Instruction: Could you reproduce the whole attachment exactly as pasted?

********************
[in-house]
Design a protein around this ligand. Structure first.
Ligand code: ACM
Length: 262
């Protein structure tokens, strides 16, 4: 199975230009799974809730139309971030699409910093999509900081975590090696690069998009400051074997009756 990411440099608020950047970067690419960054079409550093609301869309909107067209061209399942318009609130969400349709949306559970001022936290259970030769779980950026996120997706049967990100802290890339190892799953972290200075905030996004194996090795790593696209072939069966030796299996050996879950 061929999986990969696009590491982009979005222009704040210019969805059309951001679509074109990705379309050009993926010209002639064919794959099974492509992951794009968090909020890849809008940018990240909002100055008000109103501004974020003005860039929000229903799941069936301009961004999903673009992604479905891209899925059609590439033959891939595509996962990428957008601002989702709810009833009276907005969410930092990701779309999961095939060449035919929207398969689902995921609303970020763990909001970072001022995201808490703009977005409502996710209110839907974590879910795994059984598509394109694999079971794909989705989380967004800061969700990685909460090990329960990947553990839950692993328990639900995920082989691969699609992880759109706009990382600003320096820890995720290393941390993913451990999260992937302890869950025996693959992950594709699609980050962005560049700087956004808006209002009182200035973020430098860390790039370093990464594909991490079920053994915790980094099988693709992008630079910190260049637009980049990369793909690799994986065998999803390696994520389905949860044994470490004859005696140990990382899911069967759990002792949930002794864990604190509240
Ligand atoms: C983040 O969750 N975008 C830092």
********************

[in-house]
Design a protein around this ligand. Structure first.
Ligand code: ACM
Length: 262
């Protein structure tokens, strides 16, 4: 199975230009799974809730139309971030699409910093999509900081975590090696690069998009400051074997009756 990411440099608020950047970067690419960054079409550093609301869309909107067209061209399942318009609130969400349709949306559970001022936290259970030769779980950026996120997706049967990100802290890339190892799953972290200075905030996004194996090795790593696209072939069966030796299996050996879950 061929999986990969696009590491982009979005222009704040210019969805059309951001679509074109990705379309050009993926010209002639064919794959099974492509992951794009968090909020890849809008940018990240909002100055008000109103501004974020003005860039929000229903799941069936301009961004999903673009992604479905891209899925059609590439033959891939595509996962990428957008601002989702709810009833009276907005969410930092990701779309999961095939060449035919929207398969689902995921609303970020763990909001970072001022995201808490703009977005409502996710209110839907974590879910795994059984598509394109694999079971794909989705989380967004800061969700990685909460090990329960990947553990839950692993328990639900995920082989691969699609992880759109706009990382600003320096820890995720290393941390993913451990999260992937302890869950025996693959992950594709699609980050962005560049700087956004808006209002009182200035973020430098860390790039370093990464594909991490079920053994915790980094099988693709992008630079910190260049637009980049990369793909690799994986065998999803390696994520389905949860044994470490004859005696140990990382899911069967759990002792949930002794864990604190509240
Ligand atoms: C983040 O969750 N975008 C830092």